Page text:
Supplements launch with an engaging and informative audio commentary by Stahelski and Reeves. Reeves comes off as an incredible gentleman, eager to distribute credit across the crew while gamely critiquing his own technique. At one point he gives a shout-out to ace DI colorist Jill Bogdanovich; later, as the end credits begin to roll, he insists that Stahelski stick around so the two of them can talk more about the film's below-the-line talent before the tape runs out. Stahelski, who did double-duty as a camera operator in select scenes, is generous with anecdotes addressing the creative process, emphasizing the many in-camera stunts and drawing attention to its more hard-won accomplishments. For what it's worth, he notes that the mirror-room climax is meant as an homage to Enter the Dragon--not The Lady from Shanghai, as some critics assumed.
Only three deleted scenes are included, amounting to eight minutes of running time, but they're better than the average cutting-room clippings. John Leguizamo fans will appreciate his appearance here, and I particularly liked the bit where Wick shows up at a Vatican-esque institution, apparently seeking holy consent for his assignment. The rest of the 1080p special features are typical studio fare, comprising film clips and B-roll intercut with talking-head interviews. A few of the actors weigh in alongside producers and members of the stunt crew, but post-production gets short shrift as we hear nothing from editorial, sound, VFX, or colour. A little more than an hour of content has been broken up into multiple bite-size documentaries, each of which is edited to work as a standalone, introducing a lot of redundancy that can be frustrating. Still, what's here is arguably better than most behind-the-scenes ephemera.
"Friends, Confidantes: The Keanu/Chad Partnership" (10 mins.) traces the working relationship between Reeves and Stahelski, starting with the latter's arrival at a warehouse in Burbank to audition for The Matrix five hours after being hit by a car. He got the job, and he and Reeves learned Hong-Kong style fight choreography together on that film. As Reeves tells the story, when Stahelski later founded his own company, Eighty-Seven Eleven Action Design, the idea of action choreography as part of a movie's storytelling techniques was central to its creative philosophy. The admiration is mutual--Stahelski explains that Reeves made important narrative contributions and muses on how his dedication to action principles made it easier to cut solid action scenes.
"Training John Wick" (12 mins.) digs deeper into the specifics of getting the 50-year-old Reeves ready to perform, such as rigorous martial-arts training in the gym with Brazilian jiu-jitsu masters the Machado Brothers and gun training on champion gunslinger Taran Butler's shooting range. "It's like learning a new language," Common says, and stuntwoman Heidy Moneymaker astutely compares a fistfight between two characters to a dance. "Car Fu Ride Along" (5 mins.) picks up the thread, touching on Reeves's training behind the wheel and offering some meatier making-of material centring on the car stunts. And "Wick's Toolbox" (8 mins.) focuses on weaponry. Butler runs through some of the specs on the different guns Wick uses over the course of the film and Reeves himself discusses the physical challenge of perforating an enemy with a writing utensil. "Gotta have a pencil fight."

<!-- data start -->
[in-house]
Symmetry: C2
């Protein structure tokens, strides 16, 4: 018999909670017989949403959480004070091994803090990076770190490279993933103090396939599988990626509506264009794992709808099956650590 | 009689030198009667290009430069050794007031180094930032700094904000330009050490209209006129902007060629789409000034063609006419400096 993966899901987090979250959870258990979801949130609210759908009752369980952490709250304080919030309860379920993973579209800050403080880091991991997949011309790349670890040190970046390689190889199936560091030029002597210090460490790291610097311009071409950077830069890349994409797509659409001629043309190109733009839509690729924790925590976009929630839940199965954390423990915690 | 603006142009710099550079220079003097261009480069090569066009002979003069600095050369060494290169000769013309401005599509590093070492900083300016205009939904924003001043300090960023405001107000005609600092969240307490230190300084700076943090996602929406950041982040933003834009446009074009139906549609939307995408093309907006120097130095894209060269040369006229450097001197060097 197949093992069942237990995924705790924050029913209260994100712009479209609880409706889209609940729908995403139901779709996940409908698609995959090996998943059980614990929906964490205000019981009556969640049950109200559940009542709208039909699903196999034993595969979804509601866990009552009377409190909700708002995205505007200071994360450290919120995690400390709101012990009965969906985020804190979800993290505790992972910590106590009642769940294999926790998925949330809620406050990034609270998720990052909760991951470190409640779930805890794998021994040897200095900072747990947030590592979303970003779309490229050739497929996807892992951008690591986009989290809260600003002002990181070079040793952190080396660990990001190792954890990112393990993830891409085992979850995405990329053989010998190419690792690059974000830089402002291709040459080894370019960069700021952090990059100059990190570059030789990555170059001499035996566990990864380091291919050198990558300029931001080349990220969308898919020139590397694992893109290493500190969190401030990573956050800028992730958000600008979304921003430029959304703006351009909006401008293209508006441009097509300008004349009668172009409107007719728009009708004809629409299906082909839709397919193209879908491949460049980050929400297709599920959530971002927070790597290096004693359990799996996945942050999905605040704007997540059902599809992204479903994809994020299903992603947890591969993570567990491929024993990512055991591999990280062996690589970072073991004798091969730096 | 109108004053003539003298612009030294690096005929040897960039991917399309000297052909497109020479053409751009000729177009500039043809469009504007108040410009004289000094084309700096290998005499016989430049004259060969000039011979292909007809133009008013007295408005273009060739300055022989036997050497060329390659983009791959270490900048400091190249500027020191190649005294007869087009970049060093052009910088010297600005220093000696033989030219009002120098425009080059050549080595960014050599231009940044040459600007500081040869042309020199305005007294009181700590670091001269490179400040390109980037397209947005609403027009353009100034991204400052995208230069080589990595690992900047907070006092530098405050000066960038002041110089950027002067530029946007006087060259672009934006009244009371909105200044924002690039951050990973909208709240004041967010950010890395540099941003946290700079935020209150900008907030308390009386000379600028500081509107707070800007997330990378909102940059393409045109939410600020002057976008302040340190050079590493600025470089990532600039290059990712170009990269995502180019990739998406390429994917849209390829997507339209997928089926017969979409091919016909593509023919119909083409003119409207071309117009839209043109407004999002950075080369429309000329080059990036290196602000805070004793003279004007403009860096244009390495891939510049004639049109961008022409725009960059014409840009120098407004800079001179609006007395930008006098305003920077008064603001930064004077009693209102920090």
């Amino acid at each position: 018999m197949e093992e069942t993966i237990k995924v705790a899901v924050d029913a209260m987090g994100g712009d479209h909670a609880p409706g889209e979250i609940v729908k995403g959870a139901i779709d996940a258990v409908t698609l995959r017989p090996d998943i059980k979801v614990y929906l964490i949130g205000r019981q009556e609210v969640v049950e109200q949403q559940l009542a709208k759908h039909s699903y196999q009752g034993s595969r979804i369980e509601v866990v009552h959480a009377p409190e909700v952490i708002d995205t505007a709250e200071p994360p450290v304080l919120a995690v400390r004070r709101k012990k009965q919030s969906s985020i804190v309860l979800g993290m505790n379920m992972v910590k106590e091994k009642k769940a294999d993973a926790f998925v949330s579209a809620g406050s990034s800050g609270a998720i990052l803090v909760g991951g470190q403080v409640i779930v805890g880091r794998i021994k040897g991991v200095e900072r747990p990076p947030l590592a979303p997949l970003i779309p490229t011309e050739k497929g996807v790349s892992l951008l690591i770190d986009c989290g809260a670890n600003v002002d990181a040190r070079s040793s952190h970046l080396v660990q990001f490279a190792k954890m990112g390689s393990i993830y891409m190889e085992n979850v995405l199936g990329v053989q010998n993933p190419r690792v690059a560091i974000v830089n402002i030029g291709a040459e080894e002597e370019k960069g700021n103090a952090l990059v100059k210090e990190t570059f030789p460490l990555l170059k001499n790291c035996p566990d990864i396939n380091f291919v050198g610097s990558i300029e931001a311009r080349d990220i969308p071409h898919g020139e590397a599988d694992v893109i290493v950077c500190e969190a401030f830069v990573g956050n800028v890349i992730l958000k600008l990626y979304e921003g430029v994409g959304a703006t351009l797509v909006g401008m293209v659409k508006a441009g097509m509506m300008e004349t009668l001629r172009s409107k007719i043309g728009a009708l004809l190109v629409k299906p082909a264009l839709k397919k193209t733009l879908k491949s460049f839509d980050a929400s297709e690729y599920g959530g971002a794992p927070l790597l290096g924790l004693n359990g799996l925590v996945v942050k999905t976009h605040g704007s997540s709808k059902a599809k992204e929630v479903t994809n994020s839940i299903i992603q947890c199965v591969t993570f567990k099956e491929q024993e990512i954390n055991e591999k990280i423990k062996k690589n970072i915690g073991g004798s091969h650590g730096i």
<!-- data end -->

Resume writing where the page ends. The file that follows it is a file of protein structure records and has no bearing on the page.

"Chamber Check: Evolution of a Fight Scene" (10 mins.) expands on how the meticulously-choreographed fights were planned, zeroing in on Reeves's tussles with Common and Ruby Rose as well as the elaborate design of the mirrored room. Along the same lines is "Wick-vizzed" (5 mins.). Both segments show the directors using a variety of previsualization techniques to first sketch out, then shoot reference footage of each scene in detail, with stunt performers standing in for the stars. The production went so far as to animate in rough gore effects to give a better sense of the impact of a finished scene. "Sometimes you shoot a previz for shock and awe," Stahelski says.
"Retro Wick: Exploring the Unexpected Success of John Wick" (5 mins.) is standard PR fluff in which various participants describe their affection for the first John Wick and marvel at the idea that they'd ever be making a sequel. "As Above, So Below: The Underworld of John Wick" (5 mins.) is similarly useless, a Cliff's Notes version of the series' world-building seemingly targeted at audiences who weren't paying attention. (Worth noting, perhaps, that these two underwhelming featurettes are the only ones included on the DVD; the rest are HD exclusives.) The faux-sophisticated "A Museum Tour with Sir Jonathan Wick" (2 mins.) visits Rome's National Gallery of Modern Art, a museum so slickly laid out that it actually looks at home when used as a location in a John Wick movie. Footage of a docent discussing the museum's collection against an overexposed background is intercut with carnage from the film. Equally disposable but more entertaining is a supercut (3 mins.) of every Wick-induced fatality. Final tally? 116.
Going out on a tangent, a phony trailer for Dog Wick (2 mins.) wonders what would have happened if John Wick had been shot dead in the first film, leaving his pup to seek vengeance. A theatrical trailer for John Wick: Chapter 2 (2 mins.) is the last feature on the UHD disc. The Blu-ray serves up a few more, including one for what looks like a gonzo Eli Roth pic, Knock Knock, shot with Reeves starring just before the original John Wick revitalized his career. Also on tap are previews for John Wick, Hell or High Water, Mechanic: Resurrection, Patriots Day, and the Starz series "American Gods", featuring Wick 2's own Ian McShane and Peter Stormare. The packaging contains one UHD Blu-ray, one HD Blu-ray, and a slip with a download code for John Wick: Chapter 2.